Blind 90-year-old’s desperate plea: ‘I’ll be stuck in my home if you scrap Dial A Ride’

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THOUSANDS of people could face isolation if community transport funding is cut as part of county council savings.

Hampshire County Council has proposed to cut Dial-a-Ride, community transport and subsidised bus routes in a bid to save £4m but residents in Fareham say it will have a ‘devastating’ effect.

Betty Richards is legally registered blind and uses the Dial-a-Ride service to get to the town centre.

The 90-year-old said: ‘The service means every week I have something to look forward to and without Dial-a-Ride I would be stuck in my home every day and I would not go out much at all.’

The cost of the service is currently split between Hampshire and the local district councils but the county council has proposed the possibility of making £5m if each concession bus pass holder pays 50p per journey.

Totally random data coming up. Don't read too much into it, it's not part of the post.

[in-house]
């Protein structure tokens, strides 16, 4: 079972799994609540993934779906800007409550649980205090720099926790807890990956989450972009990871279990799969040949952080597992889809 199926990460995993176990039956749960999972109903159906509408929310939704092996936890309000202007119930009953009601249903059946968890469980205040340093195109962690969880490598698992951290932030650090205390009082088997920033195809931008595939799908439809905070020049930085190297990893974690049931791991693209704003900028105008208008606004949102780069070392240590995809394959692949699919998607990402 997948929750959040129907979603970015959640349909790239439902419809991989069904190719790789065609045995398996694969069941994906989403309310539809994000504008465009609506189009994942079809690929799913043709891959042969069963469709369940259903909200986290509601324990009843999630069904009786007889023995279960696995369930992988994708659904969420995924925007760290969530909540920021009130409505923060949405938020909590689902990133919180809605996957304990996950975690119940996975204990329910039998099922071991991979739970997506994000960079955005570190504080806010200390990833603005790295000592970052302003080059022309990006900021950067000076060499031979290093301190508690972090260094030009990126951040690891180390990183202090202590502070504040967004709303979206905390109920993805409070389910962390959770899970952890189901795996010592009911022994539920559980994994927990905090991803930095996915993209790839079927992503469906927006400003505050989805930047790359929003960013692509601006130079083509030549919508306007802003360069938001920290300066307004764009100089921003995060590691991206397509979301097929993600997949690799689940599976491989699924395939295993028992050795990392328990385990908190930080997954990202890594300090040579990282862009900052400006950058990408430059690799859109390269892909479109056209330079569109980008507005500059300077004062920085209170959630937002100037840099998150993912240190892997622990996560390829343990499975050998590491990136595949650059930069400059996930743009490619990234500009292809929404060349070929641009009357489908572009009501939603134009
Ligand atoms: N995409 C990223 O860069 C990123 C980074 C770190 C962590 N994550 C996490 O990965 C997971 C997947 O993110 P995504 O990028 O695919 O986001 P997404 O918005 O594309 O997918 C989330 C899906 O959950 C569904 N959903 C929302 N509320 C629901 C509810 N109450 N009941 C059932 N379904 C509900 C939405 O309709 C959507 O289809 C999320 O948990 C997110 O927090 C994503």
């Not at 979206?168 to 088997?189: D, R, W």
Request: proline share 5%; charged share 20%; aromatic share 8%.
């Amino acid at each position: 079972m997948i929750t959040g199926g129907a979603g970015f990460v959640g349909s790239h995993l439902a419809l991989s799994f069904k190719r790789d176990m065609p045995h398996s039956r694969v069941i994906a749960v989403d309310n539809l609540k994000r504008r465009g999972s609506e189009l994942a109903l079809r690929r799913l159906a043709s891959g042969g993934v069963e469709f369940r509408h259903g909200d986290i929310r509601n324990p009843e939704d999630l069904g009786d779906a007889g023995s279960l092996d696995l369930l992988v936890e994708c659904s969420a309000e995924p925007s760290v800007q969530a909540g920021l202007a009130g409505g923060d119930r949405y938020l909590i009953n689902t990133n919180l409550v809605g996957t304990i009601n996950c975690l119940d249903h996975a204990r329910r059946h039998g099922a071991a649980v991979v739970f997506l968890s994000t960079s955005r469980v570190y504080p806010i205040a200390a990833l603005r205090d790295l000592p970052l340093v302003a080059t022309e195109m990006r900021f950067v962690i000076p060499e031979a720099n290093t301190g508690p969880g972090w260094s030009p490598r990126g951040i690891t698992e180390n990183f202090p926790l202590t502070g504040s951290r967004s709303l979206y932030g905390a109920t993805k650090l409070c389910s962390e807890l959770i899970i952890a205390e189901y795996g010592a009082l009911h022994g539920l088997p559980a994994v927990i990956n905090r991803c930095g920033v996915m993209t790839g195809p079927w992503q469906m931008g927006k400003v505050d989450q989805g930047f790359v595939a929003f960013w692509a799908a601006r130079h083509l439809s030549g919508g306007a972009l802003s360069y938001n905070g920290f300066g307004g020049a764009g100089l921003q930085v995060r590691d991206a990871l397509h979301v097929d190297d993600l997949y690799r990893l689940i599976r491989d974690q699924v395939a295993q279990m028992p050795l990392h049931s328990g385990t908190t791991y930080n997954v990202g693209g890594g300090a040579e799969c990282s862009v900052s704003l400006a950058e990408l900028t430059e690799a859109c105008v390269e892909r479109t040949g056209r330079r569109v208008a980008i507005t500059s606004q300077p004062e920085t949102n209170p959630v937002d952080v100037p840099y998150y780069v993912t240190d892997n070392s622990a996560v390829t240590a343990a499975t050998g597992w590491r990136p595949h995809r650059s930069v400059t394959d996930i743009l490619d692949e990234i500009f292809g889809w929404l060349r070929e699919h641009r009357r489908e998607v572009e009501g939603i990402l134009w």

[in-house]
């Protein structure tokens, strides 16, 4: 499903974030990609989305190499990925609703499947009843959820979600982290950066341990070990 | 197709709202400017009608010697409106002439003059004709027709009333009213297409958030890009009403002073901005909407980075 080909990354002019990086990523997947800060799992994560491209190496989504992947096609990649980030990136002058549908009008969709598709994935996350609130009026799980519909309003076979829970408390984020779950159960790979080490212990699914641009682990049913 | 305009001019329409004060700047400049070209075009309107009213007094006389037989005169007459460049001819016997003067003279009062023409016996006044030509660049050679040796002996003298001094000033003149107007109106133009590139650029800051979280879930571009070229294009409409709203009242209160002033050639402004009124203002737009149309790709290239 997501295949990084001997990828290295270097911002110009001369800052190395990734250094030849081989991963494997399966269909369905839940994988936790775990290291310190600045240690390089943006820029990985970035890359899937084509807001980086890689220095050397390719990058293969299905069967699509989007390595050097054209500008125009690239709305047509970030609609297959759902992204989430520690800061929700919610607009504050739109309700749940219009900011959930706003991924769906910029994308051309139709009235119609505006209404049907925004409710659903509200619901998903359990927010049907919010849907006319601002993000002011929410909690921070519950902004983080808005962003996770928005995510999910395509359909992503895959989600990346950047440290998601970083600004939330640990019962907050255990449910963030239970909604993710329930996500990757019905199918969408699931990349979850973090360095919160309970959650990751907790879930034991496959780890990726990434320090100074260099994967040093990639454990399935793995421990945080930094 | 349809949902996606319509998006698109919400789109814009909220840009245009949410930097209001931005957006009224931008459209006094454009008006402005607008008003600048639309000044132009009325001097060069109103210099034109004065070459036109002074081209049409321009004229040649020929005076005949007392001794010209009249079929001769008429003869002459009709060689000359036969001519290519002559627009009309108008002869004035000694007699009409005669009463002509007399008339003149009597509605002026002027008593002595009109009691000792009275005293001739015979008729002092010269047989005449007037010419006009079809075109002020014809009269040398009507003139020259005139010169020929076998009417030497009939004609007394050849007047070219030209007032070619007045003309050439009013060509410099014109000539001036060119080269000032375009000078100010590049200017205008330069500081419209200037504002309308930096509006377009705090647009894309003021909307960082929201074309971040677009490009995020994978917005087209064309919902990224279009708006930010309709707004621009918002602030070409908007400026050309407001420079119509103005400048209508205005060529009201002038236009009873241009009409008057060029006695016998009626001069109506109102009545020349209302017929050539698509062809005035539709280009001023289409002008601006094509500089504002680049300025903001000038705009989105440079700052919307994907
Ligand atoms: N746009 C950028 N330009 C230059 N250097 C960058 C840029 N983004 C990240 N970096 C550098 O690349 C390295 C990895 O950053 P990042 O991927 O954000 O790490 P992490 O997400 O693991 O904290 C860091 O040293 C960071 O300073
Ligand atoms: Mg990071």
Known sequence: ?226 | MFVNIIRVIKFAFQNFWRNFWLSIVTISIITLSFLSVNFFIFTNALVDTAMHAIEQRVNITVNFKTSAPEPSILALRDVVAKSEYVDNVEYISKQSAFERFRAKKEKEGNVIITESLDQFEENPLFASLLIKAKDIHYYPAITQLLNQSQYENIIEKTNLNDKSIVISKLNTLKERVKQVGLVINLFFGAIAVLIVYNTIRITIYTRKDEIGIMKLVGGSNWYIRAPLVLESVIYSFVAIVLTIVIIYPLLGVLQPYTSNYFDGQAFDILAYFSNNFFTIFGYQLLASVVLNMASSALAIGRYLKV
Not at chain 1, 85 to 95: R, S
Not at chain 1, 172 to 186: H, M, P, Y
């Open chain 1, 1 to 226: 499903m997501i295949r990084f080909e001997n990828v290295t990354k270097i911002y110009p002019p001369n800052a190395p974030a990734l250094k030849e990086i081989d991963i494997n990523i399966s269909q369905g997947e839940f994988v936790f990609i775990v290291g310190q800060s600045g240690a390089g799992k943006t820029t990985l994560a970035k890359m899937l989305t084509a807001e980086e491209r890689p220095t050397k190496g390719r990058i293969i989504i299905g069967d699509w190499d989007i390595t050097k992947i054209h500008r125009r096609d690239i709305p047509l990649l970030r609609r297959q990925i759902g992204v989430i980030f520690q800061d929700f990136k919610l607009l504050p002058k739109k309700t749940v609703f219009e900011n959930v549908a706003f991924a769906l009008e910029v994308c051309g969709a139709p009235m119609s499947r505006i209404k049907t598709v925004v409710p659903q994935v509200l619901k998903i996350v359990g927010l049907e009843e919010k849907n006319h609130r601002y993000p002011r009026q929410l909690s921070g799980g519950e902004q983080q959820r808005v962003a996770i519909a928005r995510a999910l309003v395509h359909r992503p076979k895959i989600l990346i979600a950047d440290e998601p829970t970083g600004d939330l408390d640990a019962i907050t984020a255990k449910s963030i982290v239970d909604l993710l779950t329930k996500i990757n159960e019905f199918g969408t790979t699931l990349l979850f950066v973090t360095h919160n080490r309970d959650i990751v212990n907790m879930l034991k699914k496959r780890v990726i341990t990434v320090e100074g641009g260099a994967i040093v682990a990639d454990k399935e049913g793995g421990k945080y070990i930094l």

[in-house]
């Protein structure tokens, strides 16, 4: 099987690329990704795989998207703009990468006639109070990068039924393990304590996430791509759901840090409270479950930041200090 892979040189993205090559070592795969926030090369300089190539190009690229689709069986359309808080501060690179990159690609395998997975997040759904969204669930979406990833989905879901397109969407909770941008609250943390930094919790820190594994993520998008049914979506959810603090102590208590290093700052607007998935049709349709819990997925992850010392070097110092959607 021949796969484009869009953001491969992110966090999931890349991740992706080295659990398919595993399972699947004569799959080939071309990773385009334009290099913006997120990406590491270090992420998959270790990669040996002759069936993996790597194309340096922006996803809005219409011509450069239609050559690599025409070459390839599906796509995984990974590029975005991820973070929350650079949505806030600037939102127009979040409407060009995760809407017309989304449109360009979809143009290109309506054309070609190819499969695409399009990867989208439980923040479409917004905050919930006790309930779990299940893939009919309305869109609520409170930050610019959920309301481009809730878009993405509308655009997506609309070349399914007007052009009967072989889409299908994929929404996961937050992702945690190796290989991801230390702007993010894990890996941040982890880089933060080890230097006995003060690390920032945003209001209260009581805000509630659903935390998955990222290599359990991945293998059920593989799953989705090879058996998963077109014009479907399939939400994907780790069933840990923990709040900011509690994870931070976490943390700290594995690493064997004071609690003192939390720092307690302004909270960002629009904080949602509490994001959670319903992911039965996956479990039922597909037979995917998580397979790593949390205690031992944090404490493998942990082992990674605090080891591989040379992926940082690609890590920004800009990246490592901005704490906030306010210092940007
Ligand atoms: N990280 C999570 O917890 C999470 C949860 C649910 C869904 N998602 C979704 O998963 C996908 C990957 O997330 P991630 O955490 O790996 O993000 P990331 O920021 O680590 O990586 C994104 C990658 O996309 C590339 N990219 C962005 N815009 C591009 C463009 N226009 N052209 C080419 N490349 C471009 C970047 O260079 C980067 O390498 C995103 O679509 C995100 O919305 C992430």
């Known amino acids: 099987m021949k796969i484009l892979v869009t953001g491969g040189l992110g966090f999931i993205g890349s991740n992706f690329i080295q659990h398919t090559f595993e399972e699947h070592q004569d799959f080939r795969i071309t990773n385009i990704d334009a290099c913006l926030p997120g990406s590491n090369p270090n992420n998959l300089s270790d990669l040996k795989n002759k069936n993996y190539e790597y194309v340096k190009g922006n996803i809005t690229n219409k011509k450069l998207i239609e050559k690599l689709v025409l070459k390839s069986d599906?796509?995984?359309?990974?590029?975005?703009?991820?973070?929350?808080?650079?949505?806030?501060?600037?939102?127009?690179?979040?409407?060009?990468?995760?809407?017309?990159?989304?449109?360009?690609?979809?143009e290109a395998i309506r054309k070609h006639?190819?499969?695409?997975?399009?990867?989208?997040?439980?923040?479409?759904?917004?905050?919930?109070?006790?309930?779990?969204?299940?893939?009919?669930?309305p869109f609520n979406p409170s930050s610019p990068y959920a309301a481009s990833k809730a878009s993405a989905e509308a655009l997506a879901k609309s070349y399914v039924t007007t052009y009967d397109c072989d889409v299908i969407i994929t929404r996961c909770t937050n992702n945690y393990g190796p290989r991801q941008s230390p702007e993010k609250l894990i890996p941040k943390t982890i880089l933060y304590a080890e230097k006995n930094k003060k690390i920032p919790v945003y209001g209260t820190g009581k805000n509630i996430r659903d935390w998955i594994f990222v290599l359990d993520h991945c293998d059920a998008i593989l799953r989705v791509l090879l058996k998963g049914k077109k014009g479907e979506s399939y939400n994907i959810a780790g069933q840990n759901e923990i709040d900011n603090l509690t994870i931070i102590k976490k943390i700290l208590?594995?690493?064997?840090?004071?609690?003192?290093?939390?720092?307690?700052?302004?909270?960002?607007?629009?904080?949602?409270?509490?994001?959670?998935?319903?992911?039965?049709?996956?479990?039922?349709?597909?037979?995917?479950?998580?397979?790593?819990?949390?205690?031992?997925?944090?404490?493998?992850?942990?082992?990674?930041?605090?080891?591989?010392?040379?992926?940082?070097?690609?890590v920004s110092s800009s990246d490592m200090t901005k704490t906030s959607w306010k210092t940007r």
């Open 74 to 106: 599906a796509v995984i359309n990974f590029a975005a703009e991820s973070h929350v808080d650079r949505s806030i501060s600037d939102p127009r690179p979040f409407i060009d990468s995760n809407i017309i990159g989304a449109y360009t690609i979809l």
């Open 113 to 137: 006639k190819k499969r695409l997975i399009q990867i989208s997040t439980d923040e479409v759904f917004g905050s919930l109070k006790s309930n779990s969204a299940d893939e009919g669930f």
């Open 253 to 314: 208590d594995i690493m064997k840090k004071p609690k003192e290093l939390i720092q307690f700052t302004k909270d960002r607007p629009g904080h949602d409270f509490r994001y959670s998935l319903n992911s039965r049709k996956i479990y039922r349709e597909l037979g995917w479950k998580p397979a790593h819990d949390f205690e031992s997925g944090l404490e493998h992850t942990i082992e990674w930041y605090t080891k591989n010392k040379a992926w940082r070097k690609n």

Betty added: ‘I have thought for quite a while that they should charge more than they do.

‘I don’t know how they do it for the price they do.

I would be more than willing to double what I pay for what I get for it.’

Community Action Fareham operates three Dial-a- Ride buses and 13 minibuses across the Fareham and Gosport areas.

Chief executive Paul O’Beirne said: ‘The most serious impact of losing Dial-a- Ride and Community Transport would be on the health and well-being of older people.

‘It would increase their social isolation in their loneliness would be much greater; we constantly receive comments that their trip is their only chance to get out and it would also mean that many clubs would not be able to bring their members and so would become non-viable themselves.’

Mr O’Beirne added: ‘Every bus pass user we have spoken to since the proposal has said that they would be very happy to make that contribution in order to save Dial-a-Ride.

‘This seems a good idea and every effort should be made to enable it to happen.’